The death penalty should exist
I would like to challenge Lannan to this debate.
Resolved: The death penalty should exist in the United States.
The onus is shared between the two of us, I must prove that we should not have the death penalty whereas my opponent must prove that we should have it. My reasoning for the sharing of the onus is because both sides call for a change in the status quo in the US.
1. No forfeiting
2. No semantics/trolling/kritiks/etc
3. My opponent must start their constructive case this round and waive the final round saying "Round waived in accordance to rule 3" or something similar
4. Keep appropriate conduct, people!
5. Do not reject definitions/structure or anything otherwise laid out in this debate. If you reject please do so in comments so I can change it.
Round X: What pro does | what con does
R1: Create debate | Provide constructive case
R2: Provide constructive case | Rebuttals
R3: Rebuttals | Defense to rebuttals
R4: Defense to rebuttals | Waive
Voter ELO is set to 2500. If needed I can change this.
Votes are on a pick winner basis so we can get more in depth RFD's as opposed to just explaining specific points.
Death penalty: the act of legally executing a prisoner because of a breaking in law by the US government
should: ought to; must
exist: be in practice/be made into practice
Thanks to Lannan if he accepts this debate, good luck!
PS you get bonus points if you use puns.
Contention 1: Detterance
If we observe the above graph we can see that since the first studies done in the mid to late 1970's we can see that states where there is a Death Penalty we can see that the Murder rates have fallen drastically and there is a signifcant difference in the two.  We can also extend across my argument on economists being better at these graphs and studies then those who study crime, because their graphs don't include the lag that is included in the Death Penalty studies.
Now, we can all agree that Criminals are rational actors as we can see that they the plan and preform their crimes by weighing the costs and benefits. Economist do similiar type of cost-benefit analysist, so I would concider them to be a great expert on thie topic of studying such thing. They have found that there is a direct corrilation between the increasing penalties to that of decreasing crime. Teenagers, who we can all agree are less rational than adults, have been found to have their crime rates decrease when the penalty is stricter than not.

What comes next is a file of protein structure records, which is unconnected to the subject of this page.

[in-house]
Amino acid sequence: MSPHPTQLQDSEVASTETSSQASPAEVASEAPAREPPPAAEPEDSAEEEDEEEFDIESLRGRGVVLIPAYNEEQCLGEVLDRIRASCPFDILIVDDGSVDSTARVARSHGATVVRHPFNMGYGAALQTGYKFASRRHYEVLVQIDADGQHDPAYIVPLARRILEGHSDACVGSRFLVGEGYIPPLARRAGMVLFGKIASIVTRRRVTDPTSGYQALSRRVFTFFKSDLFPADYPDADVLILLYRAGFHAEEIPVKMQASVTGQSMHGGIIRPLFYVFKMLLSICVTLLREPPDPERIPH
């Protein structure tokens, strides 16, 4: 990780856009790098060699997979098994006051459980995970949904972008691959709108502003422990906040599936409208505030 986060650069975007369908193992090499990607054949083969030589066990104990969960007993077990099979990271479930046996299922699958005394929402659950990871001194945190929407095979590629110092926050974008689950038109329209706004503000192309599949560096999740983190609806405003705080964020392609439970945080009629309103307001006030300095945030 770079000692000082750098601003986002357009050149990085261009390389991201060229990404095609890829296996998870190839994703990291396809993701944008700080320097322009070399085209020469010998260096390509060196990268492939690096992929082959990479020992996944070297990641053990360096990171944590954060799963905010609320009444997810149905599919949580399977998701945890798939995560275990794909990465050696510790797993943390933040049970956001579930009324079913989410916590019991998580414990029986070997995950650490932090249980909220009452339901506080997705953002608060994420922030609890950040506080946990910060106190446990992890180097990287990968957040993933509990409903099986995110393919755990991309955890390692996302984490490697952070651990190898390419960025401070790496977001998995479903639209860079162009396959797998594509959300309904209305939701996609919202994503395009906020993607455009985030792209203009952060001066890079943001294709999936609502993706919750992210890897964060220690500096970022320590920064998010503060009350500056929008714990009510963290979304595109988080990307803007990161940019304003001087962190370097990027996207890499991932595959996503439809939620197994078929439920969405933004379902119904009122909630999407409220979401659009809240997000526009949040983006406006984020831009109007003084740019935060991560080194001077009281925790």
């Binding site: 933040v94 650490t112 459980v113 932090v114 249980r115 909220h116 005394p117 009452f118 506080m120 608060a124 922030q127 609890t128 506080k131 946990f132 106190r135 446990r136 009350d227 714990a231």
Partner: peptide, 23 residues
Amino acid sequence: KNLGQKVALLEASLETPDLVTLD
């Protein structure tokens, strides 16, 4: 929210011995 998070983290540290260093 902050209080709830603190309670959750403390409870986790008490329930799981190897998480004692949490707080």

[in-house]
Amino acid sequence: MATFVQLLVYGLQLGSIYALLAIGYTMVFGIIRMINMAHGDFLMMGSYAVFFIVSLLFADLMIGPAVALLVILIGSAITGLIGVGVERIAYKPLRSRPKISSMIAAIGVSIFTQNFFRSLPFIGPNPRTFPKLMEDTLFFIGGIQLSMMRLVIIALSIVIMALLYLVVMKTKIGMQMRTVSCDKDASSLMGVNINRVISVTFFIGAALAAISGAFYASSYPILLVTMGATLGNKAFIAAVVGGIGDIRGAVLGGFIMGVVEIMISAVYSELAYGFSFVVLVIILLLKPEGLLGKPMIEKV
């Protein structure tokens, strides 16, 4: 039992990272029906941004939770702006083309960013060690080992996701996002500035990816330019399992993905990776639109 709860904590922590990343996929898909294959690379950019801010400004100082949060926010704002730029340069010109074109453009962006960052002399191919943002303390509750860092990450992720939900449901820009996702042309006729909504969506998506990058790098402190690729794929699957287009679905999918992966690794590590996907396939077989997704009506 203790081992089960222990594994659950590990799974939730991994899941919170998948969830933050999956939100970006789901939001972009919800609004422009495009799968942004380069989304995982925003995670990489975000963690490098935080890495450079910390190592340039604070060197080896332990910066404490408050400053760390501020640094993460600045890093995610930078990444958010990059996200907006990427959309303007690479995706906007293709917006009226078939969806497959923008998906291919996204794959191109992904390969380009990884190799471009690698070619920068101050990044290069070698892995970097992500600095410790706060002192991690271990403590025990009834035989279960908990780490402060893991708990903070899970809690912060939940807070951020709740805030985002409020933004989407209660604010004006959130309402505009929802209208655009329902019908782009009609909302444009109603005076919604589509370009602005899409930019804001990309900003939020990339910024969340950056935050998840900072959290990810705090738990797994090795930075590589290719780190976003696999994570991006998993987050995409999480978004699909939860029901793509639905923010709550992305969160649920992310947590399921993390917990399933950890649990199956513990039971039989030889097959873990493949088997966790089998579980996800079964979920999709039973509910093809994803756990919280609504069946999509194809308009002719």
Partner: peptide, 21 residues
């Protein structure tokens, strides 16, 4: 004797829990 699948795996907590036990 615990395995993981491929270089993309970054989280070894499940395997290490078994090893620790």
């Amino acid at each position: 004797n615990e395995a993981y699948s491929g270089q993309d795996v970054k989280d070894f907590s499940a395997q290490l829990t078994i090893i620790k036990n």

This consensis has grown over time as economist Issac Ehrlich did research on this theory and was the first to do so and has found emperical evidense that the Death Penalty is a Detterance and found that the Death Penalty saves three lives on average.  My opponent might just say, well that was from 1975, this is 2014, 2015 tomorrow making that piece of evidence 40 years old. It's invalid right? Wrong, newer evidence still confirms this theory as the Heritage Foundation found the following conclusion when researching this topic, "the recent studies using panel data techniques have confirmed what we learned decades ago: Capital punishment does, in fact, save lives. Each additional execution appears to deter between three and 18 murders. While opponents of capital punishment allege that it is unfairly used against African-Americans, each additional execution deters the murder of 1.5 African-Americans. Further moratoria, commuted sentences, and death row removals appear to increase the incidence of murder." 
Death Penalty cases are done before and after the exicution, and it has been found that deterance is strong to begin with then slowly decreases. Meaning that a decreased time on death row would skyrocket the deterance rates. It used to be if you were on Death Row you would be exicuted within hours, now it's much, much longer than that. 
Congressional Testimony from Paul Rubin has shown evidence against the Death Penalty, "has yet to be scientifically evaluated." and has argued that modern evidence “have exploited better data and more sophisticated statistical techniques”, the modern evidence has “consistently shown that capital punishment has a strong deterrent effect.”  In another Congressional testimony Joann Shepard has found that per 1 exicuted criminal via the Death Penalty prevents 3-18 murders.  [use way back machine for it]
Contention 2: Innocents
Most people who are exicuted that are "innocent" aren't really innocent, but rather there is just some doubt to weather or not it's truely 100% their fault. Via today's DNA rate and technology they have found a 0.28% error rate in killing innocent people. Out of the 260,000 people convicted for murder in the US, they have found that 34 were wrongly convicted, of those 34 18 were exicuted. My friend mistakes will happen, but when we say the costs and benefits here we can see that saving more lives is more important and with our technology growing more and more advanced the error rate is decreasing.  and 
I do acknowledge that there has been some botched death penalties, but there will always be a slim margin for error reguardless how much we are technologically advanced, because due to the Theory of Infinate Probability there will always be a margin for everything no matter what it is or how small it is. The rate for shark attacks are incredably small and they are smaller then the chance of someone being struck by lightning twice, but it still happens.
I again thank Lannan for his acceptance, I am looking forward to this debate. He forgot to put his sources at the end of his argument, so they are all compiled here: http://pastebin.com....
Before I start my arguments, I would like to remind the reader, as well as Lannan, that we should care more for a governmental impact than a personal impact, e.g. the government falls apart v. one man is mad. This is because we are advocating for a change in governmental policy, and we are more concerned for society in general than a few people. This isn't to say, however, that we should throw morality out of the window - the government is made to uphold the morals of the people and to protect the rights of the people.